> course) is that familiar elements should act familiar (i.e. a drop
> down list should not launch a dialog window on drop down) and that
> if you are going to experiment it should look very different so
> expectations are not violated.
> The issue here is in part that when you can reference "u1.name" and
> then "u1.name = 'Joe'" generates an exception (instead of
> automatically making an implict transaction), some user expectation
> of API symmetry may be violated...

While this is feasible, the problem I have with this is that I think
implicit transactions on this minute level of granularity are evil.
That's the main reason I haven't implemented this, even though others
have done this for PyPerSyst.  I think too many people would abuse the
implicit transaction feature, resulting in inconsistent and unreliable
objects.  I'm targeting serious, multi-user applications.  But
PyPerSyst is completely modular, so you can use it to implement all
kinds of persistence systems.  Most of the capabilities I've been
discussing are new, and completely optional.

> Also, on another issue, it seems like the persistant classes need to
> derive from a special class and define their persistant features in
> a special wy, i.e. class Realm(Entity): _attrSpec = [ 'name', ] etc.
> Again, this is going somewhat towards Python language integration
> yet not all the way.

You don't *have* to use the Entity class that comes with PyPerSyst,
but if you do, it lets you define the attributes, alternate keys, and
fields for your subclass in as simple a form as I could think of.

If you don't use the Entity class, then you have to figure out how to
support instance integrity, alternate keys, referential integrity,
bi-directional references, etc.  So I think they provide some benefit.

> While I'd certainly agree your version is more concise than what I
> posted first (just an example of a system that does not attempt to use
> Python language features), later in the email (perhaps you'll get to it
> in your next reply) was the simpler:
>    import persistanceSystem import *
>    foo = MyClass()
>    PersistanceSystem_Wrap(foo)
>    # the following defaults to a transaction
>    foo.x = 10
>    # this makes a two change transaction
>    PersistanceSystem_StartTransaction()
>    foo.y = 20
>    foo.z = 20
>    foo.info = "I am a 3D Point"
>    PersistanceSystem_EndTransaction()
> That approach does not violate any symmetry expectations by users --
> you can assign and retrieve values just like always.

If users expect symmetry it is because they are used to writing single
process programs that do not share objects.  Does anyone expect this
kind of symmetry and transparency when writing a multi-threaded
application?  Why not?  Granted, having start/end transaction
semantics might change some of the rules.  But even if we had those in
PyPerSyst, I would probably only use them inside of Transaction
classes, not embedded in application code where they are harder to
find and test.  Explicit transaction objects have many benefits.

It's sort of similar to the notion of separating your application
logic from your gui code.  Sure its easier to just put a bunch of code
in the event handler for a button.  But is that the best way to code?
In my mind, implicit transactions, or commit/rollback in application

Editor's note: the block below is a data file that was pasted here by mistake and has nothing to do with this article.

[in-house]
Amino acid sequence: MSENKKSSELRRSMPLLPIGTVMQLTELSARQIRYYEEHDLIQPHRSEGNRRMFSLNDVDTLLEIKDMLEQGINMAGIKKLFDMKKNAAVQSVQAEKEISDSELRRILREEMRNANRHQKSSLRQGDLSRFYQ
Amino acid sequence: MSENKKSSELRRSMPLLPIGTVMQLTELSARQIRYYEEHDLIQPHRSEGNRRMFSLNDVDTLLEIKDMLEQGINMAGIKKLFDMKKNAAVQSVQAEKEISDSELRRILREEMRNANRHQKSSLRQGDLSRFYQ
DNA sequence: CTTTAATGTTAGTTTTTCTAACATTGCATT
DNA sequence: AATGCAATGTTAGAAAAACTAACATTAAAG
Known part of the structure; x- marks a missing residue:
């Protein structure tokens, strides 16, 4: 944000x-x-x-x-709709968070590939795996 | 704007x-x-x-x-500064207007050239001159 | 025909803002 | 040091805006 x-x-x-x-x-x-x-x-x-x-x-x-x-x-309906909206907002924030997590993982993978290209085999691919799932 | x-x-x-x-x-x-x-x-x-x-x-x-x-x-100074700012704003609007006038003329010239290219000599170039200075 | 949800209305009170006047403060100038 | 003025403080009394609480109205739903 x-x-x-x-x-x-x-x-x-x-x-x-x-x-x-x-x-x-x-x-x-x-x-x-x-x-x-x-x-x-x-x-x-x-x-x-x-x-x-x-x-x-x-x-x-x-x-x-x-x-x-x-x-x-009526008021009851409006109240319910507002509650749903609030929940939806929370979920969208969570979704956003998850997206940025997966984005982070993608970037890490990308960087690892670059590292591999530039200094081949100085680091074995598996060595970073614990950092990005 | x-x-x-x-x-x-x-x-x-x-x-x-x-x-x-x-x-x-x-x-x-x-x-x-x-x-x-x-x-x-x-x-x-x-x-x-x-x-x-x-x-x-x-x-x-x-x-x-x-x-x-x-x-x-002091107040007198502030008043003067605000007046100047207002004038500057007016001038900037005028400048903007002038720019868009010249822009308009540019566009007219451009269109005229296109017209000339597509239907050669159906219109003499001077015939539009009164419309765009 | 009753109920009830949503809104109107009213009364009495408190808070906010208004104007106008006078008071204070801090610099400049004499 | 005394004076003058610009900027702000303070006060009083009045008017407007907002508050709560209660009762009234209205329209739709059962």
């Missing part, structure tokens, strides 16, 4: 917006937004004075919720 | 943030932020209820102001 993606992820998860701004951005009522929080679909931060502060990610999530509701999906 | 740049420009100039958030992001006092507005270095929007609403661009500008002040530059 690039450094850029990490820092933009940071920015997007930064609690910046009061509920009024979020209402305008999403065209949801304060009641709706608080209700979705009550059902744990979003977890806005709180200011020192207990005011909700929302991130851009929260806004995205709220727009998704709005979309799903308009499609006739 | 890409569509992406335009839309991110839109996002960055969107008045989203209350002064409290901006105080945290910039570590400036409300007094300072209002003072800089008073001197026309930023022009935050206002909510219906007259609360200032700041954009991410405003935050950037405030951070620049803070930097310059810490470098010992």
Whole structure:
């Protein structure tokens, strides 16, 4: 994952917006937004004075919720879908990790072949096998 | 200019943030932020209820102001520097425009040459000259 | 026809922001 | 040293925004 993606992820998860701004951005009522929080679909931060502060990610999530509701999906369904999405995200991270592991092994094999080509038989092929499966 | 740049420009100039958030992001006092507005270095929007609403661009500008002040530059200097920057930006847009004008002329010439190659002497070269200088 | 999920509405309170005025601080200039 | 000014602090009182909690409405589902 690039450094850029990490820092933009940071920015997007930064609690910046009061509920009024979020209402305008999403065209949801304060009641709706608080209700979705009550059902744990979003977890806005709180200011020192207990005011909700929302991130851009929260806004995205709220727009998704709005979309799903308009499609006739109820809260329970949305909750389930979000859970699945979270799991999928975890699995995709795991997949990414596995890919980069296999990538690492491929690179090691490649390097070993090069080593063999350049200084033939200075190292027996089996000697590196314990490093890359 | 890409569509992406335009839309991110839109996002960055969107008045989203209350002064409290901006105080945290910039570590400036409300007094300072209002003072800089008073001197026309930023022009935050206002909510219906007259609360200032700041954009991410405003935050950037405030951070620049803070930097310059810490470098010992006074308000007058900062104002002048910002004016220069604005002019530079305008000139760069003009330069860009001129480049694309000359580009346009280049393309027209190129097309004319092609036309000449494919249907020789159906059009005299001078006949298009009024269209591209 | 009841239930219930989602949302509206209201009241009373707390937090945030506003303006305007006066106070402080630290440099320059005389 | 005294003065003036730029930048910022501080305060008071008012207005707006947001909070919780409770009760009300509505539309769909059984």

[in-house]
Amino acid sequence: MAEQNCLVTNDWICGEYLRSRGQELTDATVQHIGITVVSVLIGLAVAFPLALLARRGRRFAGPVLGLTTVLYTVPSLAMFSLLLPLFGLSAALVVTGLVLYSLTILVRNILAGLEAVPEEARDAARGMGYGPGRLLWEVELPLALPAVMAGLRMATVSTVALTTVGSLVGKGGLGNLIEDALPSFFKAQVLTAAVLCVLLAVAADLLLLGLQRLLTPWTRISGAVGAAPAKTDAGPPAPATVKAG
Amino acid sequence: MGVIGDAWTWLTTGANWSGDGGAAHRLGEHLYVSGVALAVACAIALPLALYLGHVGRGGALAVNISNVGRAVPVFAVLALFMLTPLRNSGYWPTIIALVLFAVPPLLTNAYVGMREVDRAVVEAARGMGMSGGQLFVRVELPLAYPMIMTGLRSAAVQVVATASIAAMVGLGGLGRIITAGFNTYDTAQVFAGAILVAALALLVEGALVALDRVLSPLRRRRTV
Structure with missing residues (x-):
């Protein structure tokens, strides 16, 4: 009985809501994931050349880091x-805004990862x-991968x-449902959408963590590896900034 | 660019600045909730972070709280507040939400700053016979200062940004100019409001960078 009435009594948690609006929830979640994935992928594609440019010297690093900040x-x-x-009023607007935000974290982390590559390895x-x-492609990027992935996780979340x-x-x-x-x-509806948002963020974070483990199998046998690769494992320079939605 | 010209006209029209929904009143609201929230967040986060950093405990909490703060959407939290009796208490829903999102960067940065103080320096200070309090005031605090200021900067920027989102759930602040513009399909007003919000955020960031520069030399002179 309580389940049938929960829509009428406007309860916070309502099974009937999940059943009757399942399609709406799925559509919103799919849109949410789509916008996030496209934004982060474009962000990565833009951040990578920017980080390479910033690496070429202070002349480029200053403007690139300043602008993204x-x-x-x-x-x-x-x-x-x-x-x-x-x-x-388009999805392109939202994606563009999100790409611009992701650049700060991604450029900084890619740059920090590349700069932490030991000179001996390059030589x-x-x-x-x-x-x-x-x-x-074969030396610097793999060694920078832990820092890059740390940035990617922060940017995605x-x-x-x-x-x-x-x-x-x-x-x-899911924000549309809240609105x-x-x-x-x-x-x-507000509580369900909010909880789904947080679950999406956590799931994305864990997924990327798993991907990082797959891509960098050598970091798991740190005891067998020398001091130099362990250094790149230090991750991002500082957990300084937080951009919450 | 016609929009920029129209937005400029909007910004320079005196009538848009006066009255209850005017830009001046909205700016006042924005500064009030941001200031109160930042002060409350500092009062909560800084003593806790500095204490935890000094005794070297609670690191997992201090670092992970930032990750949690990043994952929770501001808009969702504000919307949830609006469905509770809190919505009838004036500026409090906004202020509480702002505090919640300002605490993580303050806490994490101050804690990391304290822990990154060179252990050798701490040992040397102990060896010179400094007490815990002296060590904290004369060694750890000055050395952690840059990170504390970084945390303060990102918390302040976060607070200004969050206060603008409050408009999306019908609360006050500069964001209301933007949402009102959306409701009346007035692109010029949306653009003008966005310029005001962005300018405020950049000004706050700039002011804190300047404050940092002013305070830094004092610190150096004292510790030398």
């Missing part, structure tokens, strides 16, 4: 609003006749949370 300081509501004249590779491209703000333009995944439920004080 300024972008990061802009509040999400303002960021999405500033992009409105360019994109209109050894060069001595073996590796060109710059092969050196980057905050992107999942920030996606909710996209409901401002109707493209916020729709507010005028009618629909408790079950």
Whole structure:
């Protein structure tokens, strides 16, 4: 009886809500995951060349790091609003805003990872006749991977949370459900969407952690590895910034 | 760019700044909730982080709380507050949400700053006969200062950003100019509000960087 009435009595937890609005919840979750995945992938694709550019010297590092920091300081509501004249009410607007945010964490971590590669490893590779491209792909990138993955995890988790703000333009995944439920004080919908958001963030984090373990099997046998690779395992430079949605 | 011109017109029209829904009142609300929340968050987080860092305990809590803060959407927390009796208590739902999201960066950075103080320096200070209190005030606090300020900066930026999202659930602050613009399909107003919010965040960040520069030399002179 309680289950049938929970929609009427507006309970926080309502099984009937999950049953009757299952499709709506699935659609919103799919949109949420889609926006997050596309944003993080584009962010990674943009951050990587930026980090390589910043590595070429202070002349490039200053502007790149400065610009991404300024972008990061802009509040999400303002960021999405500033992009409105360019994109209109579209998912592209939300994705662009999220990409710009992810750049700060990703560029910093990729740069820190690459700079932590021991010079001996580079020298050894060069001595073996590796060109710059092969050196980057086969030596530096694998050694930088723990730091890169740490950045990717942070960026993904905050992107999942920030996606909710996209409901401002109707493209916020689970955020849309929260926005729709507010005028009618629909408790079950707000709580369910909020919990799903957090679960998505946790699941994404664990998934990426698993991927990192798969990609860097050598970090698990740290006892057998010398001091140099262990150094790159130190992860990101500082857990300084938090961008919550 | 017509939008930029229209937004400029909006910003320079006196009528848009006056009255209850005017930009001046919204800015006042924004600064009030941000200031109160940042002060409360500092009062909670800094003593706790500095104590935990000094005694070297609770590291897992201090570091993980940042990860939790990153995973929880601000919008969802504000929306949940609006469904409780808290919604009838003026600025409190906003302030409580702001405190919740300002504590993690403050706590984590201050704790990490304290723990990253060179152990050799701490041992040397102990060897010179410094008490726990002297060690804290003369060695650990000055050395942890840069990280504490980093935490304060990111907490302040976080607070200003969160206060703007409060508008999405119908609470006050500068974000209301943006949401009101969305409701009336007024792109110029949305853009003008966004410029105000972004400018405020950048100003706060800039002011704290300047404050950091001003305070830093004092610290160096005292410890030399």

code, is like putting all your business logic in the event handlers
for your gui widgets.  I'm trying to keep people from writing crappy
persistent applications.

> > PyPerSyst can persist *any* picklable object graph.
> Are the graphs stand alone can they reference other previously
> persisted Python objects (not derived from "Root" or "Entity")?

A PyPerSyst database has a single entry point, named root, that can be
any picklable Python object, and any objects reachable from that
object.  When the root gets pickled (for example when you do
db.dump()), the whole thing gets pickled and all references are
maintained.  When the database starts, the entire thing gets
unpickled.  The entire thing is always in memory (real, or virtual).
The snapshot and log are on disk.  Each transaction is appended to the
log.  Did that answer your question?

> > But it also comes with an Entity class and a Root class (that
> > understands Entity classes) that provides additional functionality,
> > such as alternate indexes, referential integrity, instance
> > validation, etc.
> I guess I need to learn more about when these are better handled by
> the persistance system as opposed to the applications that use it.

In my mind, anything that is generic shouldn't have to be reinvented
in application code.  I feel like I've spent most of my career
reinventing one database application after another.  ;-)

> Presumably a very transaparent API for persistance is still needed
> for an ODBMS which is Python friendly? (Does ZODB do any of this?)

I started writing a wrapper for ZODB and gave up about a year ago.

> If I need to write any extra code at all for an object to be
> persistant, or derive from a specialized class, I could just derive
> from a class that knows how to use SQL to store pickled fields.

You don't think there is a benefit to not having to use a database,
not having to map anything to relational tables, not being limited to
the relational model, and not having to do joins, etc?  I don't care
how good an O-R mapper is, not having to use one at all is better.

> I think this is the core of the question of this part of the thread.
> You wrote "I've come to think otherwise". I'd be curious to hear
> more on any use cases or examples on why transaparency is not so
> compatible with reliability etc.

I just think implicit transparent transactions would lull users into a
false sense of integrity and make them write sloppy applications that
didn't actually maintain the integrity of their objects when used in a
multi-user environment.  I think the kind of applications I want to
use PyPerSyst for demand that it be difficult for application
programmers to do the wrong thing with regards to the integrity of the
persisted data.  I think having transactions as explicit objects
provides more control over the integrity of the database.  If users
want transparency, it can be done, using PyPerSyst, it just isn't the
focus of my current efforts.  And I don't think explicit transactions
are that much of a burden.  Transaction code is a small percentage of
application code, compared to all the interface code you have to
write.  And you could easily write wrappers for transactions that make
them less burdensome.

Patrick K. O'Brien
Orbtech      http://www.orbtech.com/web/pobrien
"Your source for Python programming expertise."